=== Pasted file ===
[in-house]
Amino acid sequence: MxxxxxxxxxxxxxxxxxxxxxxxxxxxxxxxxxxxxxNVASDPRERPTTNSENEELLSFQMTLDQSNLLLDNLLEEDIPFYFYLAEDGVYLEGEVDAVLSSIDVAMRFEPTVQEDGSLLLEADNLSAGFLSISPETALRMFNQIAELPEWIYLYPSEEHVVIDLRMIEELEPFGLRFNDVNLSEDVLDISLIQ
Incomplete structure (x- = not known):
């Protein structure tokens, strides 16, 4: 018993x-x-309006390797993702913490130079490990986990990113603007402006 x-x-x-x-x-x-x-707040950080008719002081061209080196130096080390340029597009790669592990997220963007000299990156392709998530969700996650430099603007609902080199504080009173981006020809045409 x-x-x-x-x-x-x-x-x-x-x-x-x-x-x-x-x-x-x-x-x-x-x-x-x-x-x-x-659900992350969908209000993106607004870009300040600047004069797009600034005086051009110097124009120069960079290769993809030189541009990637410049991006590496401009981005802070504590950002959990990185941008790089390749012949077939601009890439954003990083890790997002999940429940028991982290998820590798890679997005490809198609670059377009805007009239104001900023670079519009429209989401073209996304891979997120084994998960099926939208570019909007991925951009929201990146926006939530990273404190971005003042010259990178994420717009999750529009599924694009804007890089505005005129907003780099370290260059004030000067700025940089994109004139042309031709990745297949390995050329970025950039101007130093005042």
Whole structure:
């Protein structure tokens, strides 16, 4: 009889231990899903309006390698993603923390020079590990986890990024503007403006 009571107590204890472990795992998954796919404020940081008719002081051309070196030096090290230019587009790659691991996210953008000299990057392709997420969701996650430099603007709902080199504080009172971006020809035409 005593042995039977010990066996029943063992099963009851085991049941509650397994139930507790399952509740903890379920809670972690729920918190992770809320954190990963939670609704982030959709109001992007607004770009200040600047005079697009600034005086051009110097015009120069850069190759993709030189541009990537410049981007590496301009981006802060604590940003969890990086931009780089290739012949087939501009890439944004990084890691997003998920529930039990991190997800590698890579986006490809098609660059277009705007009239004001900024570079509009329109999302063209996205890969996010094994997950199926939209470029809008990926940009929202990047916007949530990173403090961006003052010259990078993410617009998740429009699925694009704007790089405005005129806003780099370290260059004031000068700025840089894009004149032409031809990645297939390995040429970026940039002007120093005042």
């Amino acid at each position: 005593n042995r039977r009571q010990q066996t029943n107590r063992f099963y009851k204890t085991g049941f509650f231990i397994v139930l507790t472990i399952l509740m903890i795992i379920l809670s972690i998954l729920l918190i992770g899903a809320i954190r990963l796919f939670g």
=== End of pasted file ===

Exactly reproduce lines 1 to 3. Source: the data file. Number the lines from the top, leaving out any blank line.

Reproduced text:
[in-house]
Amino acid sequence: MxxxxxxxxxxxxxxxxxxxxxxxxxxxxxxxxxxxxxNVASDPRERPTTNSENEELLSFQMTLDQSNLLLDNLLEEDIPFYFYLAEDGVYLEGEVDAVLSSIDVAMRFEPTVQEDGSLLLEADNLSAGFLSISPETALRMFNQIAELPEWIYLYPSEEHVVIDLRMIEELEPFGLRFNDVNLSEDVLDISLIQ
Incomplete structure (x- = not known):